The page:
Saturday, September 24, 2011

The History Behind Memorial Day

Although I know we are 4 months beyond the last Memorial Day and will wait 8 more months before it comes around again, I was fascinated to learn how it came to be through my readings from the History Connected program coursework this year.  I knew it became an official American holiday in the late twentieth century, but I did not know the roots of Memorial Day stretch all the way back to the post-Civil War era.

To understand this American desire to honor those who made the ultimate sacrifice, one must first understand the scale of death that Americans were coping with in the wake of the War Between the States.
The number of soldiers who died between 1861 and 1865, an estimated 620,000, is approximately equal to the total American fatalities in the Revolution, the War of 1812, the Spanish-American War, World War I, World War II, and the Korean War combined.  The Civil War's rate of death, its incidence in comparison with the size of the American population, was six times that of World War II.  A similar rate, about 2 percent, in the United States today would mean 6 million fatalities.-Faust, pg xi.
So how did they cope?  How does a society ensure that it does not forget the horrors of a war like that, but at the same time prevent the memories from becoming all-consuming and preventing progress?

I found the answer in another book.
Soon after the war ended, the GAR [Grand Army of the Republic, a large and successful Union veterans organization led by a U.S. senator and former Union general named John Logan] began to encourage the commemoration of Memorial Day, a day dedicated to remembering the war dead. To a certain extent the GAR had merely standardized and formalized an increasingly common observance. In the South, as early as 1865, groups of women decorated the graves of Confederate soldiers and held memorial services in the spring. The custom spread north in 1866 and 1867 and was celebrated on a wide variety of spring days. The GAR played a crucial role in turning Memorial Day into a widely observed holiday in the North and in eventually making it an official federal holiday.-Piehler, pg 58.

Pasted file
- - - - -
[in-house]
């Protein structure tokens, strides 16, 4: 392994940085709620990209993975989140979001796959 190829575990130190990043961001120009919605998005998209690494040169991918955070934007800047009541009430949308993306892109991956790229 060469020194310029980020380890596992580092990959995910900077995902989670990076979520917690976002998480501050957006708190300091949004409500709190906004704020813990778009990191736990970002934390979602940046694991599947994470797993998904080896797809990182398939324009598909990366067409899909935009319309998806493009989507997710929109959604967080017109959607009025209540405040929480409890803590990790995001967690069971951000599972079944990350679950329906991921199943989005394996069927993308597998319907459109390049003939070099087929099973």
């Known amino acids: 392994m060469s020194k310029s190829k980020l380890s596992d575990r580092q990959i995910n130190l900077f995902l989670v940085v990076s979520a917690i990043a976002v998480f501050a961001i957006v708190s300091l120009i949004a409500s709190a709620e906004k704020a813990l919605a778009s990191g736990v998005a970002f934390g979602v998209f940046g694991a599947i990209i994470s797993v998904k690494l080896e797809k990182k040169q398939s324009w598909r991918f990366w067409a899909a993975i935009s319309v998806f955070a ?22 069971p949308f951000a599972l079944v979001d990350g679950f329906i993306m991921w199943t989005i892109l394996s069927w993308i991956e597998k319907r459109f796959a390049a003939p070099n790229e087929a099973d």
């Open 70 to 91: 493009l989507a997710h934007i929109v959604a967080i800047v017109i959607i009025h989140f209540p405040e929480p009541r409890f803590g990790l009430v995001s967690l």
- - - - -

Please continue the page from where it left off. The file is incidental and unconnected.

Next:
Of course, being who I am, I wanted to find out more and to find some multimedia resources I could share with my students when the holiday comes around again next year.  After a little searching on YouTube and TeacherTube, I found a decent little video on the history of Memorial Day, formerly referred to at Decoration Day, at

OK, so I have a good video clip of the history.  Now how do I connect all of this to their own lives?  I needed a video that showed the students how meaningful Memorial Day still is.  Unlike the post-Civil War era, many Americans in our time don't know anyone who has died in sacrifice for our nation.  The history should touch our students in order for them to best learn from it. came through again with a touching tribute that contains both historical and present-day footage.  I teared up when I first watched it.

I managed to work all of this information into my final project for Year Two of the History Connected program.  Feel free to check it out to learn more.  It is called Civil War: Behind the Scenes, and it strives to show students the parts of Civil War history that are often glossed over by text books and state curriculum frameworks.

I hope this information on Memorial Day will be useful to you and your students in 8 more months.  In the mean time, we should encourage our students to be mindful of the sacrifices others make for us more often than once per year on an official holiday.

Faust, Drew Gilpin. This Republic of Suffering: Death and the American Civil War. New York: Vintage Civil War Library, 2008. 
Piehler, G. Kurt. Remembering War the American Way. Washington: Smithsonian Books, 1995.
History of Memorial Day Video,
Memorial Day Tribute Video,

Tuesday, July 12, 2011

War of 1812 Through the Eyes of Children... and Primary Source Analysis Skills Too!

Although I am also a participant, I had to opportunity and honor of presenting a breakout workshop at this year's History Connected summer institute.  Since the focus of the institute this year is on the impact that American wars have had on American society, I reached back into my files from a few years ago when I taught U.S. history in 8th grade to find a webquest I created on the War of 1812.  Teachers got to "play student" and take part in a shortened version of the 4 day lesson.  Click the screen shot below to see the webquest website.